I see her first language spark on her tongue though. Whether it’s at an Easter dinner, singing a church hymn at a funeral, or when she is reading an old to-do lists from the 80s, forgotten in a kitchen junk drawer in our summer cottage in New Hampshire. It seems so personal, like she is the only person left who speaks this sacred and secret language.

I didn’t even know my mother’s real name until middle school. To be fair I practically did know it, but still, I felt the injustice in my bones. On her driver’s license, she is Anna M. Hughes. Pronounced by everyone Ann-a. It is actually Anna, as in Ah-nah. I gave her a lot of crap for that one. Even more recently, she told me she didn’t fully erase her maiden name. She added it as a second middle name. This time I wasn’t upset. In fact, I felt a sense of relief that confused me for why I felt it, but I did all the same.

It's no secret I want to go to Latvia. Finally see the country that I cheer for in every Olympic event that they make it to. See the bitter candies in actual stores, instead of the ceramic sunflower bowl my cousin made in her sixth grade art class. Apparently there is a house in my mom and aunt’s name there, but they don't collect rent from whoever lives there now.

My mom always comments when I plan my imaginary trip, not unkindly, but truthfully in the way mothers can.

“Wouldn't you rather go to Italy?”

Well, yeah I would. I want to go to Italy, Paris, Greece, and Japan. Also, Scotland, and when I think about it more, I have a cousin I could visit in Belgium as well. Even so, I still can’t help but feel like I have to go to Latvia. There could be nothing for me to find there except my grandma’s approval for going, of course. I can’t help but wonder, do I owe something to this country? It gave me my family, my history, and technically my life, and I only know a petty change handful of words in its language. It feels almost like a betrayal to not claim it as a part of me.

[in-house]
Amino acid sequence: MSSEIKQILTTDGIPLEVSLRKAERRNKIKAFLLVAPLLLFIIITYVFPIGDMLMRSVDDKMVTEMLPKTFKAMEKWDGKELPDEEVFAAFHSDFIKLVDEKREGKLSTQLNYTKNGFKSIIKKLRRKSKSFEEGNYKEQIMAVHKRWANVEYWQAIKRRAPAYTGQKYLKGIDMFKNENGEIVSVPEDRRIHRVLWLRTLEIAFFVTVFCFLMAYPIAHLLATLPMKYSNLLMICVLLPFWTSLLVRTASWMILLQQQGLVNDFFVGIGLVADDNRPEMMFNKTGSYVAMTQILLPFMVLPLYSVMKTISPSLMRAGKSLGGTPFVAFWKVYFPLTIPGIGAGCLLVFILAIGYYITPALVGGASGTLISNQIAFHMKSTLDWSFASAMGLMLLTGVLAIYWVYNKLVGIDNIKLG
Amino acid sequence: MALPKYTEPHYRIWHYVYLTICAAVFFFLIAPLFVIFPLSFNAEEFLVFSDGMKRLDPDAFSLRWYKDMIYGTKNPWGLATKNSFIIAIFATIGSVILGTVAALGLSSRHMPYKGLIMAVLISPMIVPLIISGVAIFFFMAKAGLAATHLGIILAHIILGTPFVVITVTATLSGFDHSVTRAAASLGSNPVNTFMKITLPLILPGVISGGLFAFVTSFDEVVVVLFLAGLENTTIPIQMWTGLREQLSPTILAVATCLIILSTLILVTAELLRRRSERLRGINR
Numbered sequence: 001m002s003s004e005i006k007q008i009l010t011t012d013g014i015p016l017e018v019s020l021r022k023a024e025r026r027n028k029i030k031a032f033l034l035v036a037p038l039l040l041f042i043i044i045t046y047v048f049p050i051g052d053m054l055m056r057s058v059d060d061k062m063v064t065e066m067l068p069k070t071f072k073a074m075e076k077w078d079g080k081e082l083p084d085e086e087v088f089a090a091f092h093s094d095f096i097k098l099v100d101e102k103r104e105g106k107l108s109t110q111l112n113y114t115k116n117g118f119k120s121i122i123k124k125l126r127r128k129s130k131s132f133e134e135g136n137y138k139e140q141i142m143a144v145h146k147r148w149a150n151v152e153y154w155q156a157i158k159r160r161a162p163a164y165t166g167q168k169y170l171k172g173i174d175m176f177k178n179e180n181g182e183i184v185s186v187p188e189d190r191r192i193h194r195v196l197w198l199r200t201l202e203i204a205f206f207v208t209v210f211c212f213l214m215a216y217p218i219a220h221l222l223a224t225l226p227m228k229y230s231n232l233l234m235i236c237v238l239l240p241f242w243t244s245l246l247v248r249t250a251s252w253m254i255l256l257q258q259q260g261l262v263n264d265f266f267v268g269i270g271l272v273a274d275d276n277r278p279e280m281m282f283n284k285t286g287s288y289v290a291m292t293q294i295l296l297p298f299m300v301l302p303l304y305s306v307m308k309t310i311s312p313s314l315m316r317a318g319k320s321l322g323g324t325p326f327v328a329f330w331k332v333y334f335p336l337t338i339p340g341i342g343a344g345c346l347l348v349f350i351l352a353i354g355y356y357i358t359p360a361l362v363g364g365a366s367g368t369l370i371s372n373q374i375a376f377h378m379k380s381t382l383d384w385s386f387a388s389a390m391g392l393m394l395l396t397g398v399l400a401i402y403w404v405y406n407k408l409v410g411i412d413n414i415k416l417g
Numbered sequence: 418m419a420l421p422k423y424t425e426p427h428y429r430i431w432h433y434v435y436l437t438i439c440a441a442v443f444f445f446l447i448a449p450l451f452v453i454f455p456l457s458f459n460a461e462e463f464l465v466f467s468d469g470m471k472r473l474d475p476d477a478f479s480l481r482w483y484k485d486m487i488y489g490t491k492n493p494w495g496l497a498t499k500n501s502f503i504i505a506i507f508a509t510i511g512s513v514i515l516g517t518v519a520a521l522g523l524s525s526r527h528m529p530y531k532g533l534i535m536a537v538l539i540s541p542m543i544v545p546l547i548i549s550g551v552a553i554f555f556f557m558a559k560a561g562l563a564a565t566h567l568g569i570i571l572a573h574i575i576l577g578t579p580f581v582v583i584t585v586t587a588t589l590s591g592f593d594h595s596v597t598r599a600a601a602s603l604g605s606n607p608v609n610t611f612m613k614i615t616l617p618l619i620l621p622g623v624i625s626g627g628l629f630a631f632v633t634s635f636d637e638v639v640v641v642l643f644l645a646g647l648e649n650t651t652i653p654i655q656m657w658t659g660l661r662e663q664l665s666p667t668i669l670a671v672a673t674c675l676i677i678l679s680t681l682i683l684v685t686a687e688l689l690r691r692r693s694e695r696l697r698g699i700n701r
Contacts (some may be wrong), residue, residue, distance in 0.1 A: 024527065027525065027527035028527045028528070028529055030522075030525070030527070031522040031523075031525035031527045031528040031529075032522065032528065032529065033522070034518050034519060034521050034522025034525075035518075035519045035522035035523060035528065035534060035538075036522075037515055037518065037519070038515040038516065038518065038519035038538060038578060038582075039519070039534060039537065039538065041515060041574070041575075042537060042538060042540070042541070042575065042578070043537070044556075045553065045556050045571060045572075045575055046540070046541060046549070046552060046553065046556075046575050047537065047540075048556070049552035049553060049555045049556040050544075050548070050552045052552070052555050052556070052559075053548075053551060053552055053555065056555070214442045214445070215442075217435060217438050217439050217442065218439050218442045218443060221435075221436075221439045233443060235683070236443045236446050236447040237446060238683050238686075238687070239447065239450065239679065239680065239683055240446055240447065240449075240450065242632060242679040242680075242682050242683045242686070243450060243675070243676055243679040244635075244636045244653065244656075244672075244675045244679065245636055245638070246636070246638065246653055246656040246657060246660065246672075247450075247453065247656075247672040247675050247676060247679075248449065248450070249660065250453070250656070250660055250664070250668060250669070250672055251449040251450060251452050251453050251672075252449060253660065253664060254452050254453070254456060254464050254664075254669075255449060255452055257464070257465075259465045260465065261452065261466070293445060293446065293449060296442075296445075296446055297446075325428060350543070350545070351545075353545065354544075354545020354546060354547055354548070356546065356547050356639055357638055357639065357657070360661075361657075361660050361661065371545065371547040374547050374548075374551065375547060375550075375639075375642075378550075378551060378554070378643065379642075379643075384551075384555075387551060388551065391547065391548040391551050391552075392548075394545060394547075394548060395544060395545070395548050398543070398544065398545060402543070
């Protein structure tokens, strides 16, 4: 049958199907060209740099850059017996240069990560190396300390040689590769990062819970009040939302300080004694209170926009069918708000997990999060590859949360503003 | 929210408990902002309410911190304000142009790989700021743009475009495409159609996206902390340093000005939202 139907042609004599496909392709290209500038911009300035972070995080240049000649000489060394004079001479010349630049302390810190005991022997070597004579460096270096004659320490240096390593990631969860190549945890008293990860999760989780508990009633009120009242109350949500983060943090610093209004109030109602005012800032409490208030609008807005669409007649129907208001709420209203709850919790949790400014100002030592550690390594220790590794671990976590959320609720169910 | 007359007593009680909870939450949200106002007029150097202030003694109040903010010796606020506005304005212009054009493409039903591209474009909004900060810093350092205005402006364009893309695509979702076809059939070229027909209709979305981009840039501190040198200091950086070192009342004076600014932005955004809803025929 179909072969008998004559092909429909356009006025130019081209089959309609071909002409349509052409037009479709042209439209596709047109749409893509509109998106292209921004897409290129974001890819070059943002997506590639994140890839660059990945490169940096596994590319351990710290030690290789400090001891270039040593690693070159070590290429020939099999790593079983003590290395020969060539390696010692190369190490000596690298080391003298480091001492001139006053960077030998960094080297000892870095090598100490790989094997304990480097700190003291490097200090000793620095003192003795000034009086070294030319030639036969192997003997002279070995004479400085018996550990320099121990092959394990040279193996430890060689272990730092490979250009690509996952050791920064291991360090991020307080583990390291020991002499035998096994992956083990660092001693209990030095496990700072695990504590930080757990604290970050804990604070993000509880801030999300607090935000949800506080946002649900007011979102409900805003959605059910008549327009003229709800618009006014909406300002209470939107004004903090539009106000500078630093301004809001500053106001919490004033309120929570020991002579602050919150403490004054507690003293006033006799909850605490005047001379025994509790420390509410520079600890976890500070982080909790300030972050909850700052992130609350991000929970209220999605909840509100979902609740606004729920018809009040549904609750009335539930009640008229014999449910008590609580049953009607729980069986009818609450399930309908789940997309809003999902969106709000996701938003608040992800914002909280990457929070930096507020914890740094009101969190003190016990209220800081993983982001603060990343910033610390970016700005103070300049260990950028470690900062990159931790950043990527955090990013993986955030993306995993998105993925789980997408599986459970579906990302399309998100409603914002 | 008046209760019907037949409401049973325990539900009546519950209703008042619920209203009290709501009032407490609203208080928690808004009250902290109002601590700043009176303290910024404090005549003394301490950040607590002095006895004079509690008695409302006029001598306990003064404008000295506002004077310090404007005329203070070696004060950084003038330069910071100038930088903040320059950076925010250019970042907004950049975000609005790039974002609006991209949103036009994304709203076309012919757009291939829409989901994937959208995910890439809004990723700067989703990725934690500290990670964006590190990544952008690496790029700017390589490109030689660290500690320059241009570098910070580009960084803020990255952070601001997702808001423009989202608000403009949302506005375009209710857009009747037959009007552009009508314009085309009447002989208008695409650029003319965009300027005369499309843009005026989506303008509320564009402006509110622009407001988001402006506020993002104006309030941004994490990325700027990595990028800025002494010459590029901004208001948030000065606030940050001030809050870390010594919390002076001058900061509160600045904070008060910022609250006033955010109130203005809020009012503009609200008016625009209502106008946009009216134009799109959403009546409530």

This year my mom finally told me the truth. Resentment, not a kind colored in anger but sadness, carried her words from her mouth. Her parents never saw America as their home. Not the country, state, or town they lived in. Not the tiny three bedroom house my mom grew up in. It was her home, and her sister’s without a doubt. That’s where their family was. My mom thinks it was never enough for them. They always longed for a home that was as foreign to my mom as it is to me. I don’t think she’ll ever go because then she’ll have to confront a piece of her parents that she was in constant rivalry with her whole life.

People always try to fix their parents mistakes with their own children. I think my mom made sure my brother and I had her completely. We never had to compete for her against her home. I think her plan worked. My brother studied political science, learning about how OUR government system works. I’m getting my degree in English, the only language my mother comfortably claims.

Peach Fuzz

Caroline Hughes

ISSUE NO. 1 • To Have a heart

When thinking about love for this piece, I thought about a relationship that has affected my past few years at school. This relationship has changed a lot while at school, and is being affected as this period of our lives comes to an end.

When we met you shook my hand

you heedlessly picked it up

already fragile and peach skinned

and held it so tight that your uneven

and bitten-down-to-the-wick fingernails

pierced right through my delicate derma

to my cloying flesh

bleeding nectar down your unabashed fingers

and pooling between where our

shoes were merely kissing on the ground

I predicted I could be your ripe

flavor for at least a month

Till I inevitably became rotten

and you craved something that wouldn’t

pinch your gums as much when

I asked you to take a bite of me again and again

A tear-off paper calendar shows

a pile of weeks that stack into months

I consciously tuck my nose and mouth

into the hem of your moth-eaten t-shirt I stole

Masking my unavoidable aroma

Putrid and intoxicating

strong enough to erode any lingering attachment

You now fit your face

in between my neck and shoulder

and inhale slowly without recoiling

I feel the corner of our lips flick up

“Your hair tickles,”

I go to move it but your hand

Grabs mine with such care

I forget I’m supposed to be bruised

Your nose traces the tiny hairs that never grow behind my ear

“its like peach fuzz.”